The second, millisecond, microsecond, and shorter are common. The kilosecond and megasecond also have some use, though for these and longer times one usually uses either scientific notation or minutes, hours, and so on.
Official policies about the use of these prefixes vary slightly between the Bureau International des Poids et Mesures (BIPM) and the American National Institute of Standards and Technology (NIST); and some of the policies of both bodies are at variance with everyday practice. For instance, the NIST advises that "…to avoid confusion, prefix symbols (and prefixes) are not used with the timerelated unit symbols (names) min (minute), h (hour), d (day); nor with the anglerelated symbols (names) ° (degree), ′ (minute), and ″ (second)." ^{[2]}
The BIPM’s position on the use of SI prefixes with units of time larger than the second is the same as that of the NIST but their position with regard to angles differs: they state "However astronomers use milliarcsecond, which they denote mas, and microarcsecond, µas, which they use as units for measuring very small angles." ^{[3]}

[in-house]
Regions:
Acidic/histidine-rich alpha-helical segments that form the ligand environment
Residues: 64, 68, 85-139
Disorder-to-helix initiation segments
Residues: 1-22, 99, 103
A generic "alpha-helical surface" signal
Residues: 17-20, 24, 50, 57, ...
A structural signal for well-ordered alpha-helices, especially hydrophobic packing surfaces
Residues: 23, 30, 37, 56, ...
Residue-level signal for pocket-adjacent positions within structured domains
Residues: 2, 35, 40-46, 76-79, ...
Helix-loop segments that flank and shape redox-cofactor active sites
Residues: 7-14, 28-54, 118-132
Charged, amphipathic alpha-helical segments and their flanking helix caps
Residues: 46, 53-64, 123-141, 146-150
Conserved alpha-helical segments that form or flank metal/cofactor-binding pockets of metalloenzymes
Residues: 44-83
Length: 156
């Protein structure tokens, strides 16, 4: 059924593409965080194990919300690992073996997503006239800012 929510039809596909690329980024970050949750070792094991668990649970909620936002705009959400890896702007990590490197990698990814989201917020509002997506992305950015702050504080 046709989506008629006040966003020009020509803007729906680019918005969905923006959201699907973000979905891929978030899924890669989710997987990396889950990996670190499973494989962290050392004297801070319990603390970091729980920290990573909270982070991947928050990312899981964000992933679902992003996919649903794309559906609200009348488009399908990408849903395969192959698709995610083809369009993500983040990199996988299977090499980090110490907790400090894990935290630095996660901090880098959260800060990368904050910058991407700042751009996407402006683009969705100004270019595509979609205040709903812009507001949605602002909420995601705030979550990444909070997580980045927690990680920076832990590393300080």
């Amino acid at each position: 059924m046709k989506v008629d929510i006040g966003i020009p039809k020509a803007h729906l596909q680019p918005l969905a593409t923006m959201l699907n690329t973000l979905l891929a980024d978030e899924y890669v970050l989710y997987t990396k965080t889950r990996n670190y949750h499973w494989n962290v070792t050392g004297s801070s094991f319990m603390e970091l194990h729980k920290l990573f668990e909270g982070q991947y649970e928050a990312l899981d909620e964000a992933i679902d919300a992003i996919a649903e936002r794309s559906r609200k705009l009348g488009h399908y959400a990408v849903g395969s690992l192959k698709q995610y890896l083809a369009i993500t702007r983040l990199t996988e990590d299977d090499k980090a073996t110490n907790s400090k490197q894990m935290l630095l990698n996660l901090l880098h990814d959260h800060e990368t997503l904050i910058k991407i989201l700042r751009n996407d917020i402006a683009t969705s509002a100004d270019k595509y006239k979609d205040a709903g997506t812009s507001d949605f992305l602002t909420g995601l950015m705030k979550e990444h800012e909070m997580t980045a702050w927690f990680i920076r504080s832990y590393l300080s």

Official policy also varies from common practice for the degree Celsius (°C). NIST states; "Prefix symbols may be used with the unit symbol °C and prefixes may be used with the unit name 'degree Celsius'. For example, 12 m°C (12 millidegrees Celsius) is acceptable." In practice, it is more common for prefixes to be used with the kelvin when it is desirable to denote extremely large or small absolute temperatures or temperature differences. Thus, temperatures of star interiors may be given in units of MK (megakelvins), and molecular cooling may be described in mK (millikelvins).